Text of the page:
The trail of this band seems to peter out about ten years ago. Chris Root started a band called The Mosquitos in 2001 and played shows in the US and Japan and the UK. He sent demos to the UK of another band he dreamed up and they caught on big. That would be THIS band. The single "Just a Dream" made big points charting in the UK and they toured stadiums in the UK and Japan. The US label V2 signed them shortly thereafter and put out an album with the same title as this tune. Tracks were used in TV shows and films and commercials (primarily for Schwinn bicycles) and then the trail gets cold in 2005. I always liked this track, however, so let's keep it alive at least here.


3. "Glow Long" — Max Frost (2:01)

The first Max Frost was the protagonist in the 1968 teen movie Wild In the Streets. The second Max Frost was born in Austin, Texas in 1992. He started musically when he was eight and started sitting in around Austin when he was 12. It was a hobby til it forced him to leave the University of Texas as an English major to dive in headfirst. His first single “White Lies” on Atlantic was a big hit and spawned the EP this track is on. If you can wade through the hip-hop electronica you can glimpse a bit of Frost’s fire here.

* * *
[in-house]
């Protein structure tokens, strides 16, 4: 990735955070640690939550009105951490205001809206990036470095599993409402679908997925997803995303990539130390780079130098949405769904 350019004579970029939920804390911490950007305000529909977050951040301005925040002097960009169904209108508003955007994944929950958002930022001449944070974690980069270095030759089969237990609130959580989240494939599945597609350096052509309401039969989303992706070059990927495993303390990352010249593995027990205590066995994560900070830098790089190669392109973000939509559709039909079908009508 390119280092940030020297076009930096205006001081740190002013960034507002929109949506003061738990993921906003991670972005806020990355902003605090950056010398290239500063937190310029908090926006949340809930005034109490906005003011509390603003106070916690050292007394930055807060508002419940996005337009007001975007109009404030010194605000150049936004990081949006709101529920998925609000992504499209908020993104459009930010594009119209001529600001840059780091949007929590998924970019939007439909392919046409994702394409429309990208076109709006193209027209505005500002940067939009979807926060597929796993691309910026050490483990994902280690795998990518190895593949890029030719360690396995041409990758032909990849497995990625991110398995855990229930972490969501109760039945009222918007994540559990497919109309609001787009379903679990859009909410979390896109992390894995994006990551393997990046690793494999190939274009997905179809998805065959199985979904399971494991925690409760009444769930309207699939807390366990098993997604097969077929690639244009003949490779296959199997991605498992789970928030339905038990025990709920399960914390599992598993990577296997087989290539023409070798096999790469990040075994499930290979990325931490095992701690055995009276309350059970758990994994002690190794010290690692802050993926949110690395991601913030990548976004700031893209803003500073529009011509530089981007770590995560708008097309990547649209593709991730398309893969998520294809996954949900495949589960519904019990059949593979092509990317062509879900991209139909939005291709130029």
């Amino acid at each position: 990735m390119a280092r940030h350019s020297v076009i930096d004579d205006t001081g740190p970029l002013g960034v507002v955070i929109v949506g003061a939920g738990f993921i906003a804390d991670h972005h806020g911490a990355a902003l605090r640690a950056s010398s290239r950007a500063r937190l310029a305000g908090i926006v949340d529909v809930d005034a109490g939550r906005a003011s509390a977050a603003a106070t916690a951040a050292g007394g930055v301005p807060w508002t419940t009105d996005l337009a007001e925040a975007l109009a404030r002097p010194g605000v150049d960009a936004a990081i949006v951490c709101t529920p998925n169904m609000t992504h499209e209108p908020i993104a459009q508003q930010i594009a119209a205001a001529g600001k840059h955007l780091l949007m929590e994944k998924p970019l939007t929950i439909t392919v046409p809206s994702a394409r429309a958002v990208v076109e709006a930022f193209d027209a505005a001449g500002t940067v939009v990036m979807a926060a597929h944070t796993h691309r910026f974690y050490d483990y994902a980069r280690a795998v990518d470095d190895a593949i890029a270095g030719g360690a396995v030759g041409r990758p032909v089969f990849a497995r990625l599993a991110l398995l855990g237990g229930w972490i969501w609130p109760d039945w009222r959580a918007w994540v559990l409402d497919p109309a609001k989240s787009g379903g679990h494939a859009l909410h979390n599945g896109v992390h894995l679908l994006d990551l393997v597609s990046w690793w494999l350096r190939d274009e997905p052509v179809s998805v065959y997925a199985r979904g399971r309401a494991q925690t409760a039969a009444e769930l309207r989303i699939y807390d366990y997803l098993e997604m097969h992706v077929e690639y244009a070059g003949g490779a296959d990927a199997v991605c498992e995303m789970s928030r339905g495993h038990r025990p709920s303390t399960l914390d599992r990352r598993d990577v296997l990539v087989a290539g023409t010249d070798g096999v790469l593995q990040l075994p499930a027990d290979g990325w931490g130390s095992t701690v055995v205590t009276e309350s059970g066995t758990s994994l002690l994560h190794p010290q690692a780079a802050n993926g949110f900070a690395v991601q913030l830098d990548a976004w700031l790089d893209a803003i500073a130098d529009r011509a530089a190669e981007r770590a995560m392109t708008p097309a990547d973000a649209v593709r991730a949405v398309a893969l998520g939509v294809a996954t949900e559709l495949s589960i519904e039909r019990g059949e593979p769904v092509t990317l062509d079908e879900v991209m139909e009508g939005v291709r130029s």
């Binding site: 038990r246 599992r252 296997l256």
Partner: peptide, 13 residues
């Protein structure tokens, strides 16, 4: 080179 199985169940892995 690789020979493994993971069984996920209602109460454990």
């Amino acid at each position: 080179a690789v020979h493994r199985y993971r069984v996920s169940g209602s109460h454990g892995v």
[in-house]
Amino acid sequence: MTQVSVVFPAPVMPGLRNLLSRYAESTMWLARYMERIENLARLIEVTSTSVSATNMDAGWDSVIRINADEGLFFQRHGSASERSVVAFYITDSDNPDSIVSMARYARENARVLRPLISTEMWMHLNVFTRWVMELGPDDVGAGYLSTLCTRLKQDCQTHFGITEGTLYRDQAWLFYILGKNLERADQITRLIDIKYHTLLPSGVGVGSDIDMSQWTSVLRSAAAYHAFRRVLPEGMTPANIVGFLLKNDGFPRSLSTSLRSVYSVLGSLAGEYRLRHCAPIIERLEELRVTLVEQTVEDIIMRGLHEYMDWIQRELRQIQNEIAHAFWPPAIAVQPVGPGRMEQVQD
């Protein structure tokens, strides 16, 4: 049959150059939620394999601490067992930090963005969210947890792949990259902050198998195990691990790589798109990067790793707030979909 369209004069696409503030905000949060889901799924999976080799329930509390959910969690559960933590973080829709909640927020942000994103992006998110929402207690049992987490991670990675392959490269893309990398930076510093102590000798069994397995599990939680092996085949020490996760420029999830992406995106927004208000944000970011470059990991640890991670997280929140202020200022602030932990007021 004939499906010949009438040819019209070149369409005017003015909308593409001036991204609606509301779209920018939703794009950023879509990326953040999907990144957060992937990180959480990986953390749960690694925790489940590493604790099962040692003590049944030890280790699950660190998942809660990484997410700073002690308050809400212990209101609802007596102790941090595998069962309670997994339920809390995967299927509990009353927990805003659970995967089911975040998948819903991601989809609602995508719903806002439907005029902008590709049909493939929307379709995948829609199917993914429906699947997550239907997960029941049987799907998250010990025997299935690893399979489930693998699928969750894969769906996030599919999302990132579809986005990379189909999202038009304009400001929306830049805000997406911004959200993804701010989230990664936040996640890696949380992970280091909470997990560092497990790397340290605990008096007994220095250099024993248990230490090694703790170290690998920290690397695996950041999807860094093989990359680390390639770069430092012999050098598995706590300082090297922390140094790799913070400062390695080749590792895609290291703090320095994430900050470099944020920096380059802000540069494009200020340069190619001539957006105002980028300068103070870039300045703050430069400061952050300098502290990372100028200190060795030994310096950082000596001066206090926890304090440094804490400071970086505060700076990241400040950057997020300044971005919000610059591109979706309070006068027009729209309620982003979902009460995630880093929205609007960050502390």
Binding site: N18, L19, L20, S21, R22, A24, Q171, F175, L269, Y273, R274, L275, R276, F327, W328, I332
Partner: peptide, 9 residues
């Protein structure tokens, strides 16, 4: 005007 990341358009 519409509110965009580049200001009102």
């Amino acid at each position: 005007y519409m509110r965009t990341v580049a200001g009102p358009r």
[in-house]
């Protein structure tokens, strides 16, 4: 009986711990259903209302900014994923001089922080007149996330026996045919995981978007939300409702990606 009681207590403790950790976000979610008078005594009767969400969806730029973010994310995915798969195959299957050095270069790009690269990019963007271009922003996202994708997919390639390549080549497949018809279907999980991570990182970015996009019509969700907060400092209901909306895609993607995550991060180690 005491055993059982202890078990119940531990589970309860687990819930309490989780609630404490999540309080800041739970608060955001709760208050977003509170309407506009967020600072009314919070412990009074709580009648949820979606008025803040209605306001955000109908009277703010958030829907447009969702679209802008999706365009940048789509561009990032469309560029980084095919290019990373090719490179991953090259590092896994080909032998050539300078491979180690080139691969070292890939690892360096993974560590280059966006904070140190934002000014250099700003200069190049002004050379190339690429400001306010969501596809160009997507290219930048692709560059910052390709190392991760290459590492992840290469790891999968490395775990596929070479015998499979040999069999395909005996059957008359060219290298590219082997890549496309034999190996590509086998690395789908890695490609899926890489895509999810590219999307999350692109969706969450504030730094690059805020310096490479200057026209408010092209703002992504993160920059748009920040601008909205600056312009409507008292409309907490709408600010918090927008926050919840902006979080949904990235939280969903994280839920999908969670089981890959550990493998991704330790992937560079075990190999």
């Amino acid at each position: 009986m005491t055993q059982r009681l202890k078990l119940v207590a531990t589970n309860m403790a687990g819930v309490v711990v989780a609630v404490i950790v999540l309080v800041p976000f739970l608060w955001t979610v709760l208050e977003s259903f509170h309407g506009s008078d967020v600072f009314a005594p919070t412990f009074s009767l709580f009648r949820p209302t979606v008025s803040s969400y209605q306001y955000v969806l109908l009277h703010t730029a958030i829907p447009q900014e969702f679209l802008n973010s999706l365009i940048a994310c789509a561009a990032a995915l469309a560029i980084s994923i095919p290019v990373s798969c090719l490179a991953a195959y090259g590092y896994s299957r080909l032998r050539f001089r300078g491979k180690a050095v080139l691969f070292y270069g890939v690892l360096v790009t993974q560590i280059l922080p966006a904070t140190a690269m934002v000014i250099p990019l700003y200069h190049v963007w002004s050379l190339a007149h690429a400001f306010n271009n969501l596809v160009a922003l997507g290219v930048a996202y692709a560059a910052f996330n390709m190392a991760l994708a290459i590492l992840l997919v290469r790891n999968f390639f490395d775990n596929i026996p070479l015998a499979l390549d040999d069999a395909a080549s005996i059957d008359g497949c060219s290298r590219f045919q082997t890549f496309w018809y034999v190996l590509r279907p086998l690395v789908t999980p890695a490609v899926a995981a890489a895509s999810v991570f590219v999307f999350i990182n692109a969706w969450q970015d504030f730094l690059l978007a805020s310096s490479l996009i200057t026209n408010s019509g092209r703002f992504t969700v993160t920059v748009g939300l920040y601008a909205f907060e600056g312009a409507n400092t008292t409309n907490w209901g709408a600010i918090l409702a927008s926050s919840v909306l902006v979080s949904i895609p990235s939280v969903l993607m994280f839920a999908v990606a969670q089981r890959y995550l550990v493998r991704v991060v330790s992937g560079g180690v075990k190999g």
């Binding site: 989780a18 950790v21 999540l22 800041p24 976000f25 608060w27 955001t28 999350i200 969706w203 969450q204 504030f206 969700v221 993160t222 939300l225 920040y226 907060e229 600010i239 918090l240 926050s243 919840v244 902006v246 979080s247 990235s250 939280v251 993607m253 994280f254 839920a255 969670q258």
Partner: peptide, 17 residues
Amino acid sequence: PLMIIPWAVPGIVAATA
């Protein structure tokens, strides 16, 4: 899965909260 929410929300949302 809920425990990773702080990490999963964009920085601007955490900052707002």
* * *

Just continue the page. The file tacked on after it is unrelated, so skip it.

Rub-a-dub-schlub, Max Frost in a tub — beggin' for the ice water challenge.

4. "Your Smile" — Angela and RenĂ© (3:12)

This goes way back to 1985 and I’m guessing not many here know it. RenĂ© Moore and Angela Winbush were a team from 1980-86. They were also songwriters and producers involved with Rufus, The Isley Brothers, and Ron Isley. Angela sang backup for The Brothers Johnson and Dolly Parton (!). This track was a #1 R&B hit back in ‘85 and mostly features Angela. I think there’s something here for everyone. Approximately 30 years later, it still fits right in to my listening palette.


Sigh... most people don't dress like 1985 anymore these days...

5. "Go 'Way From My Window" — Linda Ronstadt and Ann Savoy (2:47)

This folk standard from the pen of John Jacob Niles reminds us of the extraordinary tone and richness of Linda’s now-lost singing voice. Her tone was one of a kind and instantly recognizable as she moved many of us through our formative years. So let’s just take a moment and fondly recall those gorgeous vocal chords. Here’s to ya, Linda.